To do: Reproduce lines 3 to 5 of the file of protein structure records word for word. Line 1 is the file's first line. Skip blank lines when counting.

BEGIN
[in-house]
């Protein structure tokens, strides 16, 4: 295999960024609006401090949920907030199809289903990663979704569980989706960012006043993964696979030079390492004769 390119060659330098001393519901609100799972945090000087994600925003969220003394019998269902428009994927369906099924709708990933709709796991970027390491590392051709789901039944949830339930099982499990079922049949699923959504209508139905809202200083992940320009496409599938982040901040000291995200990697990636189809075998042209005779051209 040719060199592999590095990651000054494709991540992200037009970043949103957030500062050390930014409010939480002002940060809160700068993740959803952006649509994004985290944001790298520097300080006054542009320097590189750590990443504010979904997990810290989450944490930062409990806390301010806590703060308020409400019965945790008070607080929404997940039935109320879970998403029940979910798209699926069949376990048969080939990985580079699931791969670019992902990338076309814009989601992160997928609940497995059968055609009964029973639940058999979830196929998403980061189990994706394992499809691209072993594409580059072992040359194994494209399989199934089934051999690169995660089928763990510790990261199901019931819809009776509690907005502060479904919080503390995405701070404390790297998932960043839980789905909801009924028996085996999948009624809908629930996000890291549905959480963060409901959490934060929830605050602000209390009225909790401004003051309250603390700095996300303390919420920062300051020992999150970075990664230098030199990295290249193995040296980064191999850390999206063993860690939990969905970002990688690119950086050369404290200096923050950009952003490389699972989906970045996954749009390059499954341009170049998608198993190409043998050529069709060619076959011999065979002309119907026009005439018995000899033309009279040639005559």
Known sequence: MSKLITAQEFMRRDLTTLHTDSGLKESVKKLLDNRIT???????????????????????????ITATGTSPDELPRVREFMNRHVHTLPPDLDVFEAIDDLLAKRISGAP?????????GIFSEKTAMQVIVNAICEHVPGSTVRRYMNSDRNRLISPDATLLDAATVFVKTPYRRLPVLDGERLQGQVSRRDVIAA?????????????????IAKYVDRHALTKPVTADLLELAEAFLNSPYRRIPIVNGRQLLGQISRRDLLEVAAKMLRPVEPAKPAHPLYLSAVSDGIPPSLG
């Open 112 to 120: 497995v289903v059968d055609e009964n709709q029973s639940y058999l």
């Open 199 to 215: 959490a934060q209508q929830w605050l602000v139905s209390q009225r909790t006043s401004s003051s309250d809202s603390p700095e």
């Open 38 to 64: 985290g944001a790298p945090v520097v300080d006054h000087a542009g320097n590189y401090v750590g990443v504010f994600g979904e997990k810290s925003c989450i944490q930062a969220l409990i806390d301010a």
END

Known sequence: MSKLITAQEFMRRDLTTLHTDSGLKESVKKLLDNRIT???????????????????????????ITATGTSPDELPRVREFMNRHVHTLPPDLDVFEAIDDLLAKRISGAP?????????GIFSEKTAMQVIVNAICEHVPGSTVRRYMNSDRNRLISPDATLLDAATVFVKTPYRRLPVLDGERLQGQVSRRDVIAA?????????????????IAKYVDRHALTKPVTADLLELAEAFLNSPYRRIPIVNGRQLLGQISRRDLLEVAAKMLRPVEPAKPAHPLYLSAVSDGIPPSLG
């Open 112 to 120: 497995v289903v059968d055609e009964n709709q029973s639940y058999l």
């Open 199 to 215: 959490a934060q209508q929830w605050l602000v139905s209390q009225r909790t006043s401004s003051s309250d809202s603390p700095e």